The scenes between Suzie and Gwen are really well done, though ("Your faith never left primary school"), and Jack shooting Suzie over and over again is genuinely shocking.


# Jack trying to bring back the first victim with the glove? Not exactly one of JB's finest acting moments.


# (GBG & TKKS) In hindsight it should have been clear even before Fragments that Jack doesn't have all that much experience with being the boss, and maybe also that this is something that was more or less thrust upon him, not something that he'd chosen or that comes to him naturally. Considering what we learned in S2, Doctor-inspired heroic self-sacrificial tendencies aside, the last thing Jack probably wanted was the direct responsibility for anyone's well-being, especially in such a high risk environment. Jack's problem is that on the one hand he wants and needs the illusion (and it's never really more than that, because he doesn't let anyone get too close, and he doesn't allow himself to get close to any of them) of family his team gives him, but on the other hand he can never really break out of his isolation, and in a crisis it's he who has to make the decisions, especially the hard ones. Owen is no help when it comes to deciding what to do with Suzie ("What do you think?" - "You're the boss." "Who's gonna do it?" - "Like you said. I'm the boss."), Gwen blames him for having given Suzie the glove, and Suzie is blaming the whole mess on him for recruiting her. And Jack's, "No, I should be doing it, but ... " clearly indicates that he does feel responsible and that sometimes it's getting too much. No wonder he's depressed in the end and grateful that someone is willing to take at least part of that burden off his shoulders.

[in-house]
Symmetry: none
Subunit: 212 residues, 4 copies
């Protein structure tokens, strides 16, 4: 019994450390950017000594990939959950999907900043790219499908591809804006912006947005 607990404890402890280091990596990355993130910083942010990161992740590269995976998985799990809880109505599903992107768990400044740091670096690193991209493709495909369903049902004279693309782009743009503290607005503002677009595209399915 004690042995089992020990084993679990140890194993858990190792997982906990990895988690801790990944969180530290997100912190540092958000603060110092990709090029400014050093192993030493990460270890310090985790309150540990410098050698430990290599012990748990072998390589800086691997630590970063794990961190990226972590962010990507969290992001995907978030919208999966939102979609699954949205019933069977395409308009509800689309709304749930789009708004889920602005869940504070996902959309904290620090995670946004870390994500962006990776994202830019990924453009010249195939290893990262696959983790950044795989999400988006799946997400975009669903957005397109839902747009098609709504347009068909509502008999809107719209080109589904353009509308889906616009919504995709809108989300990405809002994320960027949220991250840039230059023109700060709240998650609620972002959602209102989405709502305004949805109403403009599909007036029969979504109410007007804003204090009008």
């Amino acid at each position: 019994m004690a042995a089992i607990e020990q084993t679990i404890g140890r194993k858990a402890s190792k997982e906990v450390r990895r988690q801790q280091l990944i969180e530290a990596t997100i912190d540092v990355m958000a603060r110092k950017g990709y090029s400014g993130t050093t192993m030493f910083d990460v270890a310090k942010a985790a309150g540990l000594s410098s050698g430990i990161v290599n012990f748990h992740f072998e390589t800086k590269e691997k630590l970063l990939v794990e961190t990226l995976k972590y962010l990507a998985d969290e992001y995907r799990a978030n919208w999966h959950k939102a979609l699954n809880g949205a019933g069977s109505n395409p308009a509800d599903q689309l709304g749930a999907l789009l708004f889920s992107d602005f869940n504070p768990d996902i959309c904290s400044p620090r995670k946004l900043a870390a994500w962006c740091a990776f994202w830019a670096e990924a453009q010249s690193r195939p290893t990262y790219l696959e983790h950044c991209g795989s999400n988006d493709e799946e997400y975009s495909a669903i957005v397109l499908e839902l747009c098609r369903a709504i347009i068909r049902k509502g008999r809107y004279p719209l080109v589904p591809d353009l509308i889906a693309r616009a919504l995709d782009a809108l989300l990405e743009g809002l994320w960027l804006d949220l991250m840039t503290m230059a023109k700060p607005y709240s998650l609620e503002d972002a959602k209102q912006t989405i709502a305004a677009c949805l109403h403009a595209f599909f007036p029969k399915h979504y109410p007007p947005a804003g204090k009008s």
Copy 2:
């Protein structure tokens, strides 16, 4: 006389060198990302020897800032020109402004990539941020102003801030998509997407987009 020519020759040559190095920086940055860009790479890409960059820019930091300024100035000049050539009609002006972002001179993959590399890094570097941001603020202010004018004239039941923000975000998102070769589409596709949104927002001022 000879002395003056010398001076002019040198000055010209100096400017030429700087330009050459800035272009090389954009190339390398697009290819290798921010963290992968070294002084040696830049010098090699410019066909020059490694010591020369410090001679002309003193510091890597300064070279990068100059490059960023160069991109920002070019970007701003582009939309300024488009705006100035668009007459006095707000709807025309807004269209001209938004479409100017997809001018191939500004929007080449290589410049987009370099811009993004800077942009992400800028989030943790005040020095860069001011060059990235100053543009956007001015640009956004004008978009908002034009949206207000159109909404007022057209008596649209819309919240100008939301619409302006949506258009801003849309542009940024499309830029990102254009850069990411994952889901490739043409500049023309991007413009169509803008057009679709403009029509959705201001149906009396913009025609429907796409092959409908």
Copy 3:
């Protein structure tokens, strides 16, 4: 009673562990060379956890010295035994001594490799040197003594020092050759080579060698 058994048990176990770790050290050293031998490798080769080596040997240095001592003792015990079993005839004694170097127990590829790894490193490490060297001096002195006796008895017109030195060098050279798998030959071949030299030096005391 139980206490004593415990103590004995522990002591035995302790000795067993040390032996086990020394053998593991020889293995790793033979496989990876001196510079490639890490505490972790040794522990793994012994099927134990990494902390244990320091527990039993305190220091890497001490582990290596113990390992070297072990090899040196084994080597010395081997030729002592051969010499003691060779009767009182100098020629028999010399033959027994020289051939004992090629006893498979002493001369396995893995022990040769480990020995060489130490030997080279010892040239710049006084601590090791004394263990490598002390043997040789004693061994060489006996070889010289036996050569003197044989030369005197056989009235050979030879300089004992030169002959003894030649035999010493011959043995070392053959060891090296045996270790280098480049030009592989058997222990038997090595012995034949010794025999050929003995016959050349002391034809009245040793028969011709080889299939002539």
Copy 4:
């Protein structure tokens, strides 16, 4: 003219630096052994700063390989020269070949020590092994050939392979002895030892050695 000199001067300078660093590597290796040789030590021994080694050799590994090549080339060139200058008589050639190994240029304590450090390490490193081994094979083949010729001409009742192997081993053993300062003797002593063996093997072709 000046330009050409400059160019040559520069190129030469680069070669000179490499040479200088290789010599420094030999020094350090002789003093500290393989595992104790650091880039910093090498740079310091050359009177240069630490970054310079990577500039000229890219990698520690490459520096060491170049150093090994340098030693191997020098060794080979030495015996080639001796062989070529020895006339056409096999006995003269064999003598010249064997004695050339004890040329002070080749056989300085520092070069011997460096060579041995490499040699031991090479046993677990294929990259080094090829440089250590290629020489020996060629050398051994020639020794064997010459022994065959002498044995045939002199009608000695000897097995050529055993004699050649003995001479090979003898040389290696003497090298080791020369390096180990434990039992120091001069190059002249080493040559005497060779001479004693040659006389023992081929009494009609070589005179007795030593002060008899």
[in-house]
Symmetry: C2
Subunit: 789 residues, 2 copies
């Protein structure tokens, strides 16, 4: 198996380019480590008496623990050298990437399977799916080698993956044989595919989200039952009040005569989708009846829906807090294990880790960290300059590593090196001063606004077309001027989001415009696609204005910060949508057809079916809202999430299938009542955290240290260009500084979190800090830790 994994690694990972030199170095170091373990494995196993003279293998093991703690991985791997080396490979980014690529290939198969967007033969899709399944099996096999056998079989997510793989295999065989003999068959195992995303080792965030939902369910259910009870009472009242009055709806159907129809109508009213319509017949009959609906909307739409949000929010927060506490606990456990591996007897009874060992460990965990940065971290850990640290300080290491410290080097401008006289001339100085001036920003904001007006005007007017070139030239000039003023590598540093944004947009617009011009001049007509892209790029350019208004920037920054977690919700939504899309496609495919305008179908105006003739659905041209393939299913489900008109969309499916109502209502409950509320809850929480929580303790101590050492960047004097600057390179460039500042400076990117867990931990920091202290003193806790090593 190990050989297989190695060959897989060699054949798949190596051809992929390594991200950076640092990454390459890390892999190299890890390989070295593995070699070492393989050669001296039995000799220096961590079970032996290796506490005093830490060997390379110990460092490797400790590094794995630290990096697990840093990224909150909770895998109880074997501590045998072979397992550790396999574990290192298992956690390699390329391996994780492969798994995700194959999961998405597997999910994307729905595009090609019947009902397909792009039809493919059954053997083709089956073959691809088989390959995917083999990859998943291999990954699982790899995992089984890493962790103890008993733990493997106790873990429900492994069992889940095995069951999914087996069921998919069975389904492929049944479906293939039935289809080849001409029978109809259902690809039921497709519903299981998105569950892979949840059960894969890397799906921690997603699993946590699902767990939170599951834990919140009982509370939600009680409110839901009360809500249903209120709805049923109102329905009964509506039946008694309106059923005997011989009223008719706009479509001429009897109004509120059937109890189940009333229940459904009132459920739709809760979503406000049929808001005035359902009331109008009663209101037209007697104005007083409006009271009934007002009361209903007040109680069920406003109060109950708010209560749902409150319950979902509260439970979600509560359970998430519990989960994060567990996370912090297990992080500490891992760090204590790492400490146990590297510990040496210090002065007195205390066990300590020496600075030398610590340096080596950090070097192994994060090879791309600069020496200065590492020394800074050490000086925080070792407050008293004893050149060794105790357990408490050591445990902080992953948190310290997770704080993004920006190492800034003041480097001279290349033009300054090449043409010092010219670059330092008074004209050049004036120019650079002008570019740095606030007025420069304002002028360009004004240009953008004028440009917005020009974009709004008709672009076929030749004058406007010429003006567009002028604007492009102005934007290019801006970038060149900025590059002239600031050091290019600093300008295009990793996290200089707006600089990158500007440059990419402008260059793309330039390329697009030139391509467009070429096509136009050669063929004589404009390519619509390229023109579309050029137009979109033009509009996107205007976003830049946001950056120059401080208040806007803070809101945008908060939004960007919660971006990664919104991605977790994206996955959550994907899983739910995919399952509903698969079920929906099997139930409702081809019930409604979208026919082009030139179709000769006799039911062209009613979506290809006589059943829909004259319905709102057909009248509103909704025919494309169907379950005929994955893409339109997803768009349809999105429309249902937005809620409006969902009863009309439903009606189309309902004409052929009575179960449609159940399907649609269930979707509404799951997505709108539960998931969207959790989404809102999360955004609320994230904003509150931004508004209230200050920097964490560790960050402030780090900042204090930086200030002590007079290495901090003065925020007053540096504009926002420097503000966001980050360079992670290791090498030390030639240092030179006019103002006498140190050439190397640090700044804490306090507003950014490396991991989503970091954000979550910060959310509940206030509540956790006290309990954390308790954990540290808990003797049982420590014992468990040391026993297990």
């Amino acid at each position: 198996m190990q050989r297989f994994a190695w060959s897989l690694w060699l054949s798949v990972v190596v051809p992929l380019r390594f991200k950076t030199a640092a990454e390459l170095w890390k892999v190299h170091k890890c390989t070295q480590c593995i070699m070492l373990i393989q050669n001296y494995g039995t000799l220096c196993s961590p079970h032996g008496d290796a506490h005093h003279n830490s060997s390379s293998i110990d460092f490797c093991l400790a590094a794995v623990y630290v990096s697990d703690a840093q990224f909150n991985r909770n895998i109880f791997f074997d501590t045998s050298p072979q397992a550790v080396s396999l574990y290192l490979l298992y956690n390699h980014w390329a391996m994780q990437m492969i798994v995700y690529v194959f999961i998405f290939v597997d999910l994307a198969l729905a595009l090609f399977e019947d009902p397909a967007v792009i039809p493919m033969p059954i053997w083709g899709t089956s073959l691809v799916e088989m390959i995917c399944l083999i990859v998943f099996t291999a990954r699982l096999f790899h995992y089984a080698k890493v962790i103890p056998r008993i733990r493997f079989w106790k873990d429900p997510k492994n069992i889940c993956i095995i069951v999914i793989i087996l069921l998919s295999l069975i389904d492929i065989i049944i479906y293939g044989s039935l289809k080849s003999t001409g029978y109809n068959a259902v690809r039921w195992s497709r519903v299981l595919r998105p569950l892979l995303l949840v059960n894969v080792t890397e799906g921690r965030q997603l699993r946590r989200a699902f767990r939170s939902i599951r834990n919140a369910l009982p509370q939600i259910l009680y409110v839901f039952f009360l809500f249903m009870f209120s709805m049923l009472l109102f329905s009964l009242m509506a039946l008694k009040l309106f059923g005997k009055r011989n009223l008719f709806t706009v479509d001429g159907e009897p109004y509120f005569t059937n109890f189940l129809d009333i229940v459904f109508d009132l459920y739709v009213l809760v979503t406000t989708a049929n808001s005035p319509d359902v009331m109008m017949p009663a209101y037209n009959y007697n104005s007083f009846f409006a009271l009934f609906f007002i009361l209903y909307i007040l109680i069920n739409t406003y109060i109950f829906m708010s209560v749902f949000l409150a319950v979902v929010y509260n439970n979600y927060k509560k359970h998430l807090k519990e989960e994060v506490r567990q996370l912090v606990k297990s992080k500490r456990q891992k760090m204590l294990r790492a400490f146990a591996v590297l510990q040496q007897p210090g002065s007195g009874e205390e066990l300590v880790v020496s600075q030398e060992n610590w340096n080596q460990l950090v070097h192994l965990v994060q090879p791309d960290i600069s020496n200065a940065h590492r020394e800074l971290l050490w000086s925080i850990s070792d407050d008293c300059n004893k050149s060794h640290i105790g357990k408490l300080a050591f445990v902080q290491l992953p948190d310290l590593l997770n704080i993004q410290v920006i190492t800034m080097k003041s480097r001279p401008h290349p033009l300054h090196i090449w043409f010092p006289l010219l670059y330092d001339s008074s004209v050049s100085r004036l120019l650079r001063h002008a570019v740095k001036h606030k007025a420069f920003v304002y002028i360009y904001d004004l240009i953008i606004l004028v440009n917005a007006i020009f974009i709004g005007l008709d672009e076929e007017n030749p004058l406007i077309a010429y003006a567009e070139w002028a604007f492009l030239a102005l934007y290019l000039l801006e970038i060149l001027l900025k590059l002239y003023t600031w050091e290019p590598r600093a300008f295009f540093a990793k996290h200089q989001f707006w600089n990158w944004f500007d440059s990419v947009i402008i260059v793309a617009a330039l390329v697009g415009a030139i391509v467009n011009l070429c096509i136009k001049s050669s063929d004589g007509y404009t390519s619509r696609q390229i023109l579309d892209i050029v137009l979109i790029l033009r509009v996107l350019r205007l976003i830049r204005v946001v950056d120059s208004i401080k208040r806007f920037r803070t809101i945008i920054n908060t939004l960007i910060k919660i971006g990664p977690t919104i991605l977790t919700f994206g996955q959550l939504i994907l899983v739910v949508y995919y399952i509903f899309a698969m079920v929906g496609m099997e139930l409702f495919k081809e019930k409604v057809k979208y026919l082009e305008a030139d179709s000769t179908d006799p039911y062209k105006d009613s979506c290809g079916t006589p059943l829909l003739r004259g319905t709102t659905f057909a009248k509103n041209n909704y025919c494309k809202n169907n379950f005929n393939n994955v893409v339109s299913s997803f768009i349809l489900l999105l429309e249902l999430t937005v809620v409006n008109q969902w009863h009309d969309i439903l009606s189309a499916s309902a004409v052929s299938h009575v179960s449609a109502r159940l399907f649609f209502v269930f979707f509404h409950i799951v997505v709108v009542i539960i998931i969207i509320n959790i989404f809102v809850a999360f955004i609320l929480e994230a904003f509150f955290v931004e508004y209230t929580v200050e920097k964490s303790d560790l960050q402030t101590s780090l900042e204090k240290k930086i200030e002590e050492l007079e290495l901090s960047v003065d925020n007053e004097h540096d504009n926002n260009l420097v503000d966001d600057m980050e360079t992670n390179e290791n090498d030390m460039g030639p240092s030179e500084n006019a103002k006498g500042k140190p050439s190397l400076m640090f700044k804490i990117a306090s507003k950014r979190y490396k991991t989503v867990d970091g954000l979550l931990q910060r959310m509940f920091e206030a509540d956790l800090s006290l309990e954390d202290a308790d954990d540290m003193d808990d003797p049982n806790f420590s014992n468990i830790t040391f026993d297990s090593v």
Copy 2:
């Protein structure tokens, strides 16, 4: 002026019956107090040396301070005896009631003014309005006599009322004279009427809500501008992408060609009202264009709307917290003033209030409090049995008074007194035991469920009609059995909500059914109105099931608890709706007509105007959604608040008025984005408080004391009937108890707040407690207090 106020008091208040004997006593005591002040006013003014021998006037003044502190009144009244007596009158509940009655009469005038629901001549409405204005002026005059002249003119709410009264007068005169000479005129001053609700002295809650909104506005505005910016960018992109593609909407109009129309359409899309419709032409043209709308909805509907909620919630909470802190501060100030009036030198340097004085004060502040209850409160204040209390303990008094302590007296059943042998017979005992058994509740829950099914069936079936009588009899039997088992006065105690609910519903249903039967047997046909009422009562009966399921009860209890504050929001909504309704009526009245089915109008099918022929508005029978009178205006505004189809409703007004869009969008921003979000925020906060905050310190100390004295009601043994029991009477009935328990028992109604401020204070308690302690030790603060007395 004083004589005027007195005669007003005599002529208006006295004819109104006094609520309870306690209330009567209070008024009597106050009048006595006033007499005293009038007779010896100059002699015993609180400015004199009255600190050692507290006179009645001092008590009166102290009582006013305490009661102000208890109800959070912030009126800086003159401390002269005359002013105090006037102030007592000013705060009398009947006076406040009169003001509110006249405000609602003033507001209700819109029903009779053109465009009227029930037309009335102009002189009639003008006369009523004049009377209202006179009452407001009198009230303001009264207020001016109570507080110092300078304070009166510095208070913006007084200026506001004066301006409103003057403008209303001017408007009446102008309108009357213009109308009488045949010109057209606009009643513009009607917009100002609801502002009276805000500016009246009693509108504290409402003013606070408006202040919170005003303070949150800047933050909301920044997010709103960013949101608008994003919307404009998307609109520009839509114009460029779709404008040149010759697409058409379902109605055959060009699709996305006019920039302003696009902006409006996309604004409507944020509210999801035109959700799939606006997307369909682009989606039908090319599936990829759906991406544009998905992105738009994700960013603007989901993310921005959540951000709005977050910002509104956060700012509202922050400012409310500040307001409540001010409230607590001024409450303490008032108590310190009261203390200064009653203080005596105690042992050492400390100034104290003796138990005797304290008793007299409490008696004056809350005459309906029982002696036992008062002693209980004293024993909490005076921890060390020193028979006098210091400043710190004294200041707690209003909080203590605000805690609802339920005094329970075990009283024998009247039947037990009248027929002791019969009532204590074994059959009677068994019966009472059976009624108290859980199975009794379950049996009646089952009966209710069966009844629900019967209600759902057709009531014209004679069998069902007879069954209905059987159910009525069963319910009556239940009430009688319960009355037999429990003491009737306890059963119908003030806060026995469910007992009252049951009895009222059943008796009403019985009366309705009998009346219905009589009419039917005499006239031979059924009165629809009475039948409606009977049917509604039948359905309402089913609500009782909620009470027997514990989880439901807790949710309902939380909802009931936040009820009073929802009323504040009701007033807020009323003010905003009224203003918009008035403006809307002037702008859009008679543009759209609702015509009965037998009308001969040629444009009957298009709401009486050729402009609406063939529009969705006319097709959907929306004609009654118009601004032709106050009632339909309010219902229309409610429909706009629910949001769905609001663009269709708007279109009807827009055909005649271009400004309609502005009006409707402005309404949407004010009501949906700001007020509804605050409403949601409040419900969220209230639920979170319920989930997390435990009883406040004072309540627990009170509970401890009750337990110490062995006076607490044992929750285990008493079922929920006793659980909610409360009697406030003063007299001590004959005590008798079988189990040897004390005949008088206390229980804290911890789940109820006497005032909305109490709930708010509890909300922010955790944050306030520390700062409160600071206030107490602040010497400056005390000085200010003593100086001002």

# I wish TW were a bit better with the long term relationship building, because most of the Jack/Ianto scenes that are apparently supposed to give Ianto a bit more visibility and screen time so that the stopwatch scene doesn't come completely of nowhere feel a bit forced; the naming of gadgets running gag, as well as Jack's enthusiasm about Ianto fixing the phone. (It's a mobile phone, Jack. You probably won't drop it if you don't take it with both hands and as much physical contact as possible.)